Great January comet – the brightest comet of the 20th century

The great January comet of 1910 was first seen at dawn on January 12th, exactly 113 years ago. It was already visible to the naked eye at that time, which is why many considered themselves its discoverers. It was probably first seen by gold prospectors in the Transvaal. The sensational information soon reached the media and scientists began to observe. At the time of discovery, the comet’s magnitude—the observed magnitude—was -1, making it one of the brightest objects in the sky. It was brighter than the Sun, Moon, Venus, Jupiter and Sirius. However, on January 17, the great January comet passed perihelion, the point of its closest orbit to the Sun, and had a magnitude of -5. It became the brightest object in the sky after the sun and the moon and was visible in broad daylight. Two days later, the comet approached Earth at a distance of 0.86 astronomical units, so it was closer than the Sun, which is 1 astronomical unit away from us.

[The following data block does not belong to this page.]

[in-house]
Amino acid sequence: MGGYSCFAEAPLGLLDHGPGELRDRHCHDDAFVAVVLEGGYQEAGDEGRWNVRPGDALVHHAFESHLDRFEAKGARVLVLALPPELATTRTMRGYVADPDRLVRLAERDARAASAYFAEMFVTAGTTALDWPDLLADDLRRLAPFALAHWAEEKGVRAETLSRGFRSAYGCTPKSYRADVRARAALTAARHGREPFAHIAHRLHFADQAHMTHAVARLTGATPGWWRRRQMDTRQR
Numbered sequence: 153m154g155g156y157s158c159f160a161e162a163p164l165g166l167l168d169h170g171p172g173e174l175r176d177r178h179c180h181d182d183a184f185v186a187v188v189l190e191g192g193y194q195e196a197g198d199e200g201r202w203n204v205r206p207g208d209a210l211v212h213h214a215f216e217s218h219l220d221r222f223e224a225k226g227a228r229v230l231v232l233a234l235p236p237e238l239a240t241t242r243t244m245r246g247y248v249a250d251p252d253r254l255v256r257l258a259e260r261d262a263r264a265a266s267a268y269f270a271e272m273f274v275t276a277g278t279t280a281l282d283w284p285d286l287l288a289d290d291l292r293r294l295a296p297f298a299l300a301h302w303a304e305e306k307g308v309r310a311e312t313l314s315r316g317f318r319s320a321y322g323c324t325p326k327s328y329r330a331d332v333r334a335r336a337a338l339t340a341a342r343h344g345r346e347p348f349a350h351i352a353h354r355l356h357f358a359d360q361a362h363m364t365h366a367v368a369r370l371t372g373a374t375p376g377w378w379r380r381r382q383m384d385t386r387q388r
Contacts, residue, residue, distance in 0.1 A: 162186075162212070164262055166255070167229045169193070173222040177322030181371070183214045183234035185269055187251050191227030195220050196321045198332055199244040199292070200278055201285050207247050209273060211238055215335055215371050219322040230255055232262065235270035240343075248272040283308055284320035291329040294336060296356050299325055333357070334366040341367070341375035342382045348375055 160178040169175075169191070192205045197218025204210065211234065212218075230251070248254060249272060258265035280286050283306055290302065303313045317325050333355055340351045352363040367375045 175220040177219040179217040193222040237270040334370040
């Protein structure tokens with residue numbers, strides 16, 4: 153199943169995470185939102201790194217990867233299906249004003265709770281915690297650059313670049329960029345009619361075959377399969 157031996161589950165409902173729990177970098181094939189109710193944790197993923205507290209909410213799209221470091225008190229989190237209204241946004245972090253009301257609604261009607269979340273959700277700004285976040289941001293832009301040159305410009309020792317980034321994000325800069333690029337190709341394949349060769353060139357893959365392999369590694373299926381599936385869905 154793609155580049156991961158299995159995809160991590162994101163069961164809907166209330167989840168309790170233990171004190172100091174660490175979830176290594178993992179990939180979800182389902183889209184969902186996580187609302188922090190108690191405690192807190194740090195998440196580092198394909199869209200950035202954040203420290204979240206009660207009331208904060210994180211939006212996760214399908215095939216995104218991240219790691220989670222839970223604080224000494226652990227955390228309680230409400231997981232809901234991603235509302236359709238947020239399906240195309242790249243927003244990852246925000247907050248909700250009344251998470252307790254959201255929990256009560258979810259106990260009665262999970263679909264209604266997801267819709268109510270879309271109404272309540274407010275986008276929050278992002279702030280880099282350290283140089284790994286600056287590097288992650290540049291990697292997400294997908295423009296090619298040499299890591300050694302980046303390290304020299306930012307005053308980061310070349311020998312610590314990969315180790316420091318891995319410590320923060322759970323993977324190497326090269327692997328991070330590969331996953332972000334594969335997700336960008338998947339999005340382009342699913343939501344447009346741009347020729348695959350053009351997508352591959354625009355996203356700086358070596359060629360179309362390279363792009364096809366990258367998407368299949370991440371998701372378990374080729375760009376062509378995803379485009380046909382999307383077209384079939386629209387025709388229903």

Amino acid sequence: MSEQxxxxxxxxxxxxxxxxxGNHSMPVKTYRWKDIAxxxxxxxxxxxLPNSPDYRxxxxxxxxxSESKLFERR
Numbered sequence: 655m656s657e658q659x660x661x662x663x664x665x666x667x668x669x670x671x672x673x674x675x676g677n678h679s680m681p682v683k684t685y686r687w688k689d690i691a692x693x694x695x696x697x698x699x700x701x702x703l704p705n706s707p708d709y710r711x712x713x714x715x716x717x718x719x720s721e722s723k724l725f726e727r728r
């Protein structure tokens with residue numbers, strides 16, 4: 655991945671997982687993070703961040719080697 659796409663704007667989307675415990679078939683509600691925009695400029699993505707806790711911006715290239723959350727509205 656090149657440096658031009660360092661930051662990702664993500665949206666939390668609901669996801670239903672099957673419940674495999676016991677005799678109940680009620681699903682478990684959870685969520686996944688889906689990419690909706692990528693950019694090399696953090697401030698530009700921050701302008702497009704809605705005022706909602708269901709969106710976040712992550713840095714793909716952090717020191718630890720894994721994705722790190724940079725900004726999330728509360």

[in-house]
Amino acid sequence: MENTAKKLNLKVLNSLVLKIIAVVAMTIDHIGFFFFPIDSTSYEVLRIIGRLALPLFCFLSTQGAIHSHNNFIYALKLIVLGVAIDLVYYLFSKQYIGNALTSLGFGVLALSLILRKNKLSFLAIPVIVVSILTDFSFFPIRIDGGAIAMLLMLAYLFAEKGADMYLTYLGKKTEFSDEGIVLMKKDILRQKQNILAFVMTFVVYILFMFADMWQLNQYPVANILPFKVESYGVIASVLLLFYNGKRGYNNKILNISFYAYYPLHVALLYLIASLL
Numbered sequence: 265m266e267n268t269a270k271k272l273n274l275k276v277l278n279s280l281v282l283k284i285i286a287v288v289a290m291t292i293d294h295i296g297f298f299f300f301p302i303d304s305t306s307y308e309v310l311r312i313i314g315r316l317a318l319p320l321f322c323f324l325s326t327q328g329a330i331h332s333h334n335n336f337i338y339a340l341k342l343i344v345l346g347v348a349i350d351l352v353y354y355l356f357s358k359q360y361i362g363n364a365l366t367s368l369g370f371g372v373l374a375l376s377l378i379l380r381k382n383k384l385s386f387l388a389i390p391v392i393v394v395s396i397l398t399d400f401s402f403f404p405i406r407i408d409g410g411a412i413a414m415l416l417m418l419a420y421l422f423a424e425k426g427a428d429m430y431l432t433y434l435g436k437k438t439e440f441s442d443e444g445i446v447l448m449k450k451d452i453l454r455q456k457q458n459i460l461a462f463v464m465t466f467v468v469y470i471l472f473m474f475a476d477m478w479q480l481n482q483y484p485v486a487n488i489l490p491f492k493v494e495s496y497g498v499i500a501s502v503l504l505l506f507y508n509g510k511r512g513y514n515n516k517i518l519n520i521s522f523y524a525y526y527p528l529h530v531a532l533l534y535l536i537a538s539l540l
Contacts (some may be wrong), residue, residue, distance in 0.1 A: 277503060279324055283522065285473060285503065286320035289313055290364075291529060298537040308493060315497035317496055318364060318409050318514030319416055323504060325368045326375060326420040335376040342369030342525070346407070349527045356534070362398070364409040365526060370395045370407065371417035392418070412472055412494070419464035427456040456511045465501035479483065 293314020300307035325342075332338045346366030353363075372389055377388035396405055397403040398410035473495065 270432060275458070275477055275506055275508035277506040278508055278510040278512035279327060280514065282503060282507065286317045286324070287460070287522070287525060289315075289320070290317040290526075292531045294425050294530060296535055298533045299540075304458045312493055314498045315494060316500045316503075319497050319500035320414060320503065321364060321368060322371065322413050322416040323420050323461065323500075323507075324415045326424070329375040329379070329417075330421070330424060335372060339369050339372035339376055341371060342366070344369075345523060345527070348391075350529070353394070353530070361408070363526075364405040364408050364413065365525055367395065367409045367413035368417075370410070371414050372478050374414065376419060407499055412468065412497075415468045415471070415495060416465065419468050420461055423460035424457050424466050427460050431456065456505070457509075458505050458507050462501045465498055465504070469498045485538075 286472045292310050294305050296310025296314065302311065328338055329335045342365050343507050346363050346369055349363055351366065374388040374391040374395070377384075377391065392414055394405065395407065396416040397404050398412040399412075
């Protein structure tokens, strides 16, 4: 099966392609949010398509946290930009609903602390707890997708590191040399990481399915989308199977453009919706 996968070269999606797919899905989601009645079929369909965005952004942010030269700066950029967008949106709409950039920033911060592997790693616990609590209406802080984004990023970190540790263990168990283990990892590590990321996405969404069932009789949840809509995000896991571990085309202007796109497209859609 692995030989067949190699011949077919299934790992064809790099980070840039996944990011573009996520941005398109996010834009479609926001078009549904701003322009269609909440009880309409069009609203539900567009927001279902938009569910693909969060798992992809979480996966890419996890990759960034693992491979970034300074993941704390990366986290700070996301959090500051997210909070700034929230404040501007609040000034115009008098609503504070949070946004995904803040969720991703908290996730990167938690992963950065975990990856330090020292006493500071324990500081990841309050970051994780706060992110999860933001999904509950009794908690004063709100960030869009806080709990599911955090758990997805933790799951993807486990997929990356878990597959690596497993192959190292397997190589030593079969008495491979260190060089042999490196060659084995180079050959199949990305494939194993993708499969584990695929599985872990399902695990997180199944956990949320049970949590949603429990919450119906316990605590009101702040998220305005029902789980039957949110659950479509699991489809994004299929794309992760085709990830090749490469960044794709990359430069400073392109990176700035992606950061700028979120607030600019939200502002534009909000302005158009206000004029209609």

No wonder the comet caused such a stir. The more the world awaits the comet’s sensational return. Just not that. The great January comet is remembered primarily for its spectacular tail. It was a staggering 50 degrees in the sky. To realize its size, you need to know that the magnitude of the full moon is 0.5 degrees, and that the famous Halley’s comet, during its last flight near Earth in 1986, could have a tail length of 15 degrees. And the angle between the horizon and the upper point is 90 degrees, so the tail of the great comet extended more than half of this direction. People remembered the January 1910 comet so much that when Halley’s comet reappeared near Earth in 1986, many of the elderly people said they had seen it before. However, their relationship corresponds to January’s great comet, not Halley’s comet.

Perhaps the brightest comet of the 20th century, the Great January Comet was visible to the naked eye until mid-February. It can now be found in the constellation Eagle. It appears above the horizon after seven o’clock and disappears behind it after eight o’clock. It is located about 19.6 billion km from Earth, which is more than 130 astronomical units. Its orbital period is 14,000 years. 968 years old. The next perihelion of the great January comet will therefore occur on July 20, 16878 at 21:48. Stay alert!

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